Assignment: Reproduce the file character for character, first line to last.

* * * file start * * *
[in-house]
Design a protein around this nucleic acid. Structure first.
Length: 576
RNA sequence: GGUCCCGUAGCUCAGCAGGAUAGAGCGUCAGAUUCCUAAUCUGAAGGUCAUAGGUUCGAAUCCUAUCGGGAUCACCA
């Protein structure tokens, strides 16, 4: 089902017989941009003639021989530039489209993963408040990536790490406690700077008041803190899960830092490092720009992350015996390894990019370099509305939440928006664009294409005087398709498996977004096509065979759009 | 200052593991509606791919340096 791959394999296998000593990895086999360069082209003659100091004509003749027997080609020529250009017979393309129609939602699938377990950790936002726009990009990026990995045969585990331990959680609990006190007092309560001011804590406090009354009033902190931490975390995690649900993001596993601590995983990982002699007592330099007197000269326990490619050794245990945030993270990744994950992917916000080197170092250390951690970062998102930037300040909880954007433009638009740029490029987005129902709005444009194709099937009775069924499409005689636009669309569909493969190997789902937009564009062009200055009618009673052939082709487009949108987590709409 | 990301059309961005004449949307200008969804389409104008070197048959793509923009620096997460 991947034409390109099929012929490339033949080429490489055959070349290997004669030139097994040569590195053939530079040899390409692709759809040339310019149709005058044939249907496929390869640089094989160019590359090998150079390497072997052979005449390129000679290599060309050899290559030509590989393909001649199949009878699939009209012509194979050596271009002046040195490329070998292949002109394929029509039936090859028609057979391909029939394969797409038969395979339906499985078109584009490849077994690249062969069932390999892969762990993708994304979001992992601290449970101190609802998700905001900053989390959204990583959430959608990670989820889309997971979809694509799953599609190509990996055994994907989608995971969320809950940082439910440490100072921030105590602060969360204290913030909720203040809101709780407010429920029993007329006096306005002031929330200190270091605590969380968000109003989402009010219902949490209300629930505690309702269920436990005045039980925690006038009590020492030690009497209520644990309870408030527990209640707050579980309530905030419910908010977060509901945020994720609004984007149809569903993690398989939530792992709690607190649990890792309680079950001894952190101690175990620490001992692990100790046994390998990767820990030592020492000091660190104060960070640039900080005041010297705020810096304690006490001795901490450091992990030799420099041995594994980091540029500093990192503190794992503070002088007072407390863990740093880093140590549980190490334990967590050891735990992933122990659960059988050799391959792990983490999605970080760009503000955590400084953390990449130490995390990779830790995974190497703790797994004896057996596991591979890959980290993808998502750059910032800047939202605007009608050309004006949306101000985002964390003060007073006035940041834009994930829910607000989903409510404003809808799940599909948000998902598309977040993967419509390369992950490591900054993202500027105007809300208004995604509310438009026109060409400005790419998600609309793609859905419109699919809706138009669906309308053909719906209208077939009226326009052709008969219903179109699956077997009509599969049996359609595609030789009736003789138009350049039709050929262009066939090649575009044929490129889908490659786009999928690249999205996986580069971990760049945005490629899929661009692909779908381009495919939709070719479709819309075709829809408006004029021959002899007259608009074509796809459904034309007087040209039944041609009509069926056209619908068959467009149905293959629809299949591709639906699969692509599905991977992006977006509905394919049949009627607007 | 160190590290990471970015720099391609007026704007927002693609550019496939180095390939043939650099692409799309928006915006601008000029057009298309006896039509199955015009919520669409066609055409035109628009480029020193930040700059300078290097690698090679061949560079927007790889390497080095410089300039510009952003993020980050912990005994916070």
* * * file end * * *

[in-house]
Design a protein around this nucleic acid. Structure first.
Length: 576
RNA sequence: GGUCCCGUAGCUCAGCAGGAUAGAGCGUCAGAUUCCUAAUCUGAAGGUCAUAGGUUCGAAUCCUAUCGGGAUCACCA
């Protein structure tokens, strides 16, 4: 089902017989941009003639021989530039489209993963408040990536790490406690700077008041803190899960830092490092720009992350015996390894990019370099509305939440928006664009294409005087398709498996977004096509065979759009 | 200052593991509606791919340096 791959394999296998000593990895086999360069082209003659100091004509003749027997080609020529250009017979393309129609939602699938377990950790936002726009990009990026990995045969585990331990959680609990006190007092309560001011804590406090009354009033902190931490975390995690649900993001596993601590995983990982002699007592330099007197000269326990490619050794245990945030993270990744994950992917916000080197170092250390951690970062998102930037300040909880954007433009638009740029490029987005129902709005444009194709099937009775069924499409005689636009669309569909493969190997789902937009564009062009200055009618009673052939082709487009949108987590709409 | 990301059309961005004449949307200008969804389409104008070197048959793509923009620096997460 991947034409390109099929012929490339033949080429490489055959070349290997004669030139097994040569590195053939530079040899390409692709759809040339310019149709005058044939249907496929390869640089094989160019590359090998150079390497072997052979005449390129000679290599060309050899290559030509590989393909001649199949009878699939009209012509194979050596271009002046040195490329070998292949002109394929029509039936090859028609057979391909029939394969797409038969395979339906499985078109584009490849077994690249062969069932390999892969762990993708994304979001992992601290449970101190609802998700905001900053989390959204990583959430959608990670989820889309997971979809694509799953599609190509990996055994994907989608995971969320809950940082439910440490100072921030105590602060969360204290913030909720203040809101709780407010429920029993007329006096306005002031929330200190270091605590969380968000109003989402009010219902949490209300629930505690309702269920436990005045039980925690006038009590020492030690009497209520644990309870408030527990209640707050579980309530905030419910908010977060509901945020994720609004984007149809569903993690398989939530792992709690607190649990890792309680079950001894952190101690175990620490001992692990100790046994390998990767820990030592020492000091660190104060960070640039900080005041010297705020810096304690006490001795901490450091992990030799420099041995594994980091540029500093990192503190794992503070002088007072407390863990740093880093140590549980190490334990967590050891735990992933122990659960059988050799391959792990983490999605970080760009503000955590400084953390990449130490995390990779830790995974190497703790797994004896057996596991591979890959980290993808998502750059910032800047939202605007009608050309004006949306101000985002964390003060007073006035940041834009994930829910607000989903409510404003809808799940599909948000998902598309977040993967419509390369992950490591900054993202500027105007809300208004995604509310438009026109060409400005790419998600609309793609859905419109699919809706138009669906309308053909719906209208077939009226326009052709008969219903179109699956077997009509599969049996359609595609030789009736003789138009350049039709050929262009066939090649575009044929490129889908490659786009999928690249999205996986580069971990760049945005490629899929661009692909779908381009495919939709070719479709819309075709829809408006004029021959002899007259608009074509796809459904034309007087040209039944041609009509069926056209619908068959467009149905293959629809299949591709639906699969692509599905991977992006977006509905394919049949009627607007 | 160190590290990471970015720099391609007026704007927002693609550019496939180095390939043939650099692409799309928006915006601008000029057009298309006896039509199955015009919520669409066609055409035109628009480029020193930040700059300078290097690698090679061949560079927007790889390497080095410089300039510009952003993020980050912990005994916070």